The Weight of ADHD On Your Marriage

If raising a child with ADHD can strain even the sturdiest marriage, imagine what it does to the rest of us. Follow these seven steps to save your relationship when parenting problems threaten to split it apart.

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Parents of ADHD children can face marriage trouble and divorce. James steinberg/

One of the best gifts you can give your children (with ADHD and without) is a happy marriage. This is especially true if one or more of your children has ADD and has trouble forming friendships. Studies suggest that children develop more positive friendships and more successful romantic relationships as adults if they grow up with parents who are happily married.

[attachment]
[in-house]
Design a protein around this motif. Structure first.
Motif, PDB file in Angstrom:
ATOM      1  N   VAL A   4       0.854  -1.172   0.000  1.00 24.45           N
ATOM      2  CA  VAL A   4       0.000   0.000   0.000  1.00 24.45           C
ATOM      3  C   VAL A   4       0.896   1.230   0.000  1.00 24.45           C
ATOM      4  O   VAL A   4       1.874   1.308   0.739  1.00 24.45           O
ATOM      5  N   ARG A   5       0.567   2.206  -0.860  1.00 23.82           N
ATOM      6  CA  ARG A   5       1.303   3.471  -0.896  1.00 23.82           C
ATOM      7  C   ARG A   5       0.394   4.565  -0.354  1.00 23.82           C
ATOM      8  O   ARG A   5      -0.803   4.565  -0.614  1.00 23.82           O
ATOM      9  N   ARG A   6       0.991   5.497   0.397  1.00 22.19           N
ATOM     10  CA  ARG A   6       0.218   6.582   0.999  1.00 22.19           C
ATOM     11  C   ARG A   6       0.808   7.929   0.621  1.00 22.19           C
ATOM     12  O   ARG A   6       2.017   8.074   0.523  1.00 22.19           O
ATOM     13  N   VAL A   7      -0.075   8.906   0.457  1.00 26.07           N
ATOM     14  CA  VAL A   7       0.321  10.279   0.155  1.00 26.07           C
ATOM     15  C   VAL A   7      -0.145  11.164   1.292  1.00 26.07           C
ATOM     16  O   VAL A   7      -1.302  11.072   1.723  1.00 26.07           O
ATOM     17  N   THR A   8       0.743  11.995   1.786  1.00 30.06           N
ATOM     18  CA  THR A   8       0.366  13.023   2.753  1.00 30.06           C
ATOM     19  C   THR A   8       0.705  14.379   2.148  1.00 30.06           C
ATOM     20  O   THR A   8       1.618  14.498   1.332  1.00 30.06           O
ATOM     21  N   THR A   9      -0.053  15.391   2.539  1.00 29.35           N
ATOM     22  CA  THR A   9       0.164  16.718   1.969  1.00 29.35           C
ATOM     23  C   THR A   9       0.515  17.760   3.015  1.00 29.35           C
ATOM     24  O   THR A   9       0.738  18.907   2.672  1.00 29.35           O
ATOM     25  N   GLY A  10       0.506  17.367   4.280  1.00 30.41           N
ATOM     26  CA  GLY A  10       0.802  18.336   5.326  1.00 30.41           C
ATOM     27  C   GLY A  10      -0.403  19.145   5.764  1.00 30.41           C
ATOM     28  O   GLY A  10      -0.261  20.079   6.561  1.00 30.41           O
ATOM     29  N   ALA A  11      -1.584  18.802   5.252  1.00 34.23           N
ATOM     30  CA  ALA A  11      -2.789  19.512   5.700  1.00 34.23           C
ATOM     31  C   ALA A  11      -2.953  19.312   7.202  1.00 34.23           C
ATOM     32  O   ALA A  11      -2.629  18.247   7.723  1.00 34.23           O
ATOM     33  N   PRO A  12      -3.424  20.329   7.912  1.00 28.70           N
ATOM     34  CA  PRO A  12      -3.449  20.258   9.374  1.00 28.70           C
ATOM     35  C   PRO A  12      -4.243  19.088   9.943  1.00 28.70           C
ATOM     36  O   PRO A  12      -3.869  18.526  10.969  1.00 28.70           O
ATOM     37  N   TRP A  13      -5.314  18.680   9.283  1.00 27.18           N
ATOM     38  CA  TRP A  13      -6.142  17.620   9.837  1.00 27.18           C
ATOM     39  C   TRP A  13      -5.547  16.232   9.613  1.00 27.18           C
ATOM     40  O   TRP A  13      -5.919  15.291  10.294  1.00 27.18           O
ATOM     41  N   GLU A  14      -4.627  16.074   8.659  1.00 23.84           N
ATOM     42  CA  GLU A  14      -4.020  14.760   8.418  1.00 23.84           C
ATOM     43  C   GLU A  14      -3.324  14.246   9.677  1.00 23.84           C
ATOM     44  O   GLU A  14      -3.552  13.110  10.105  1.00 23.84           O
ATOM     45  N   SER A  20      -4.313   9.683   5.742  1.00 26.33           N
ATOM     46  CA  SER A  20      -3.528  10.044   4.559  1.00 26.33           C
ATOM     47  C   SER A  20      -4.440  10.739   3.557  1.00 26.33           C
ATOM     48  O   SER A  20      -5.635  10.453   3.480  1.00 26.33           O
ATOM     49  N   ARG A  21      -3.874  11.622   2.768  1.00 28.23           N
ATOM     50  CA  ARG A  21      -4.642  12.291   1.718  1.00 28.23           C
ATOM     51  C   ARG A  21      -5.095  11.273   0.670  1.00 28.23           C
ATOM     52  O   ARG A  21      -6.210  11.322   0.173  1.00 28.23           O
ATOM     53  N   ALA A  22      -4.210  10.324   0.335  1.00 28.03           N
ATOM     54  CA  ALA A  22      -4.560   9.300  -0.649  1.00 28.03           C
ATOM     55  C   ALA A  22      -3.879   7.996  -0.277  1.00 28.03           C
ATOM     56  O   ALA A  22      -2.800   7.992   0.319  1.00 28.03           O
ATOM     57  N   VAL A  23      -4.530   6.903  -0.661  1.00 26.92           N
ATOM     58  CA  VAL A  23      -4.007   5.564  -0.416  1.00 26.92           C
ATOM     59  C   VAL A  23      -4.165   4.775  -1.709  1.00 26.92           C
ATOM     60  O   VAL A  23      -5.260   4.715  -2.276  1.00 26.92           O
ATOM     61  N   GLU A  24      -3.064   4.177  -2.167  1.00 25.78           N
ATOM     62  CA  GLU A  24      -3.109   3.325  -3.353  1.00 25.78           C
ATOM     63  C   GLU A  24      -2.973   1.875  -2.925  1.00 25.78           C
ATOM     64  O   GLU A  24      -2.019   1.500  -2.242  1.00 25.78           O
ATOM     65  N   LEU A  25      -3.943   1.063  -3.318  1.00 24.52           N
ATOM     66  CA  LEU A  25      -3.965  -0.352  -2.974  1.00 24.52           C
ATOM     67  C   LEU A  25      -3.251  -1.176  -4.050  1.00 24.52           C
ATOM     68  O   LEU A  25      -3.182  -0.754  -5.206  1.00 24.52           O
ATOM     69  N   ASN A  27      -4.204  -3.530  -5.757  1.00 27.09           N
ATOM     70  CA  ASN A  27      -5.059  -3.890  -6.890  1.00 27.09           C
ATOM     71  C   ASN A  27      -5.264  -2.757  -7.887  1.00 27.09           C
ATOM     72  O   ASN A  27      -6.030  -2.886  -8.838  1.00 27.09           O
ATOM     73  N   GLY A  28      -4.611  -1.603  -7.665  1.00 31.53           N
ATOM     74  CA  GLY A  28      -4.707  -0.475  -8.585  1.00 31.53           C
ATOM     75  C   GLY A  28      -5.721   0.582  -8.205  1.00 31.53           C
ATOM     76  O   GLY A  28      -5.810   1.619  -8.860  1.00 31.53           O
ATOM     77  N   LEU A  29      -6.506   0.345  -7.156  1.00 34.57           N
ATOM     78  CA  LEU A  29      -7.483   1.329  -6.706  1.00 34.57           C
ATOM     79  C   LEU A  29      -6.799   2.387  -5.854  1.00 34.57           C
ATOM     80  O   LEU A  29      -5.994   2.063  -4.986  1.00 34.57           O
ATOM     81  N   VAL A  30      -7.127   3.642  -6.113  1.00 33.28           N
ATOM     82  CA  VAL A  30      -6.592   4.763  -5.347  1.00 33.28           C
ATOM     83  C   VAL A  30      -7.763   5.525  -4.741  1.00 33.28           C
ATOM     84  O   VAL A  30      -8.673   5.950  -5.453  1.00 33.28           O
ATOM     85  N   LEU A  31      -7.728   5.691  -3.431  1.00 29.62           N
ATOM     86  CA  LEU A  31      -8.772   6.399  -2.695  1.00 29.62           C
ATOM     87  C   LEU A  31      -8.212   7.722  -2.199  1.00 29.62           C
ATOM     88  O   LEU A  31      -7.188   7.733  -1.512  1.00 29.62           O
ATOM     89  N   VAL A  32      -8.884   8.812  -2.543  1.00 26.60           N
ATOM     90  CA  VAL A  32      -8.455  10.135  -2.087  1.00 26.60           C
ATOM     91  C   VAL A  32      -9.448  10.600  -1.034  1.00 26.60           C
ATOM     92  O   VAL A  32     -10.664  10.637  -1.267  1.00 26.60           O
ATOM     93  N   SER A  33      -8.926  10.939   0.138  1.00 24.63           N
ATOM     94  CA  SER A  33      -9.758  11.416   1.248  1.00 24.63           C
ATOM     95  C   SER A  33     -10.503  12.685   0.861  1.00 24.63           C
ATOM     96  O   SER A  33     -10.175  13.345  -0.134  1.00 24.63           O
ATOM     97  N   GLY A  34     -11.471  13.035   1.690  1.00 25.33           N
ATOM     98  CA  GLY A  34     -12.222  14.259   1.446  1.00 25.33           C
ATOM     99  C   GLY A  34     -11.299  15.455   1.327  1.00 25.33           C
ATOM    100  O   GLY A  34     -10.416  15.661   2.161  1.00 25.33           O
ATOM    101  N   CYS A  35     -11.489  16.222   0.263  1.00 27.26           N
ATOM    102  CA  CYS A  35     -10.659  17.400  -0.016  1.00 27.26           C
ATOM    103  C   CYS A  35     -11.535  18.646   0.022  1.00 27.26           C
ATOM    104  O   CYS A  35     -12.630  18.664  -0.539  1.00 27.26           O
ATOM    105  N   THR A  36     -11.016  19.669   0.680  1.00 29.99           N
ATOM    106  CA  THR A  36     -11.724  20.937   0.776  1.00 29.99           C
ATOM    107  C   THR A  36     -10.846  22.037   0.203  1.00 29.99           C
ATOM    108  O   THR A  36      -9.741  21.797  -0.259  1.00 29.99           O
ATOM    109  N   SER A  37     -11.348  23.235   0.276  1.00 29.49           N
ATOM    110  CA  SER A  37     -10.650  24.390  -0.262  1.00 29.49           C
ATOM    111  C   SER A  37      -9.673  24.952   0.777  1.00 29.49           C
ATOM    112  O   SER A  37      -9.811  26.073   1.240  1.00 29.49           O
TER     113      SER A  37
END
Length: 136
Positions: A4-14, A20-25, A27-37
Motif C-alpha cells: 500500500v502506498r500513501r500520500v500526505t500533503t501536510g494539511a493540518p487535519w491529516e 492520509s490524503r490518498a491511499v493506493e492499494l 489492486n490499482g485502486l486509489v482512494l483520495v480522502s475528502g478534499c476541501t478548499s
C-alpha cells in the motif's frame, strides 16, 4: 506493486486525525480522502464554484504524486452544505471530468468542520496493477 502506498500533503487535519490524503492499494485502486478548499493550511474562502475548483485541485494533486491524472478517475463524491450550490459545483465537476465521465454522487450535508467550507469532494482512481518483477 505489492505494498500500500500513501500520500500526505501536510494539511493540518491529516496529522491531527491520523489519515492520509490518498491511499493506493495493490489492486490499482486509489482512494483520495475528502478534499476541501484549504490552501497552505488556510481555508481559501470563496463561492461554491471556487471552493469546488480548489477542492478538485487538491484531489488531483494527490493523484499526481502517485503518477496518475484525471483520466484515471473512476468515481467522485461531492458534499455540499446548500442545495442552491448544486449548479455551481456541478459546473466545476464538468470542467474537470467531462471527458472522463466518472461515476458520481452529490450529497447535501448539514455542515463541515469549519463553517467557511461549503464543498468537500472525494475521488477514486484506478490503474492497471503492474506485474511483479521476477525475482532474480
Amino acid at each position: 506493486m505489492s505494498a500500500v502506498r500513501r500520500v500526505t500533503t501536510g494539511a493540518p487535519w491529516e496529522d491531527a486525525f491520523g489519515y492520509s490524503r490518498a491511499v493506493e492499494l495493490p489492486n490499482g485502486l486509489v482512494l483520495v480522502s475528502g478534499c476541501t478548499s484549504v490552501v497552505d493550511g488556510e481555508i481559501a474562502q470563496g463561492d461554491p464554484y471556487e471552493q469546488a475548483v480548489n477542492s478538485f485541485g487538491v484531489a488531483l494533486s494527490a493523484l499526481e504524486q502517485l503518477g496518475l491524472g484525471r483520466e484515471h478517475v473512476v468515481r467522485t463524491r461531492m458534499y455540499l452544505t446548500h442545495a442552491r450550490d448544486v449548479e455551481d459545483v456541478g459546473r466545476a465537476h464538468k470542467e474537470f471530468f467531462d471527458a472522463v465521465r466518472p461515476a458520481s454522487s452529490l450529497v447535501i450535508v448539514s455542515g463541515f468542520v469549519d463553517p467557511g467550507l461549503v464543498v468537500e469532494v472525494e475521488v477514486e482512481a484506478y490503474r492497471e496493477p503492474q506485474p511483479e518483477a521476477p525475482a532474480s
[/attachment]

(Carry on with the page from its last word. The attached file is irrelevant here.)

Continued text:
Achieving wedded bliss, though, may be challenging for parents of children with ADHD. In their study of more than 500 parents, Brian T. Wymbs, Ph.D., a clinical psychologist at the University of Pittsburgh, and his colleagues found that couples raising children with ADHD are about twice as likely to divorce by the time their children reach eight years of age as couples whose children don't have the condition.

"It's hard to keep a marriage on track when you're managing your child's symptoms from morning to night," says Wymbs. "ADHD is a chronic disorder—it doesn't go away—so there's no escaping its stress on a marriage."

There is some good news. Wymbs's study found that the parents of children older than eight have about the same rate of divorce, regardless of whether their kids have ADHD. Couples who can get through those early years of child rearing, it seems, develop workable strategies to reduce stress on the relationship.

Here are seven ways to keep your marriage strong—and your children happy.

Next: Stop the Blame Game...

This article comes from the Summer 2009 issue of ADDitude.

To read this issue of ADDitude in full, buy the back issue.

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TAGS: ADHD and Marriage

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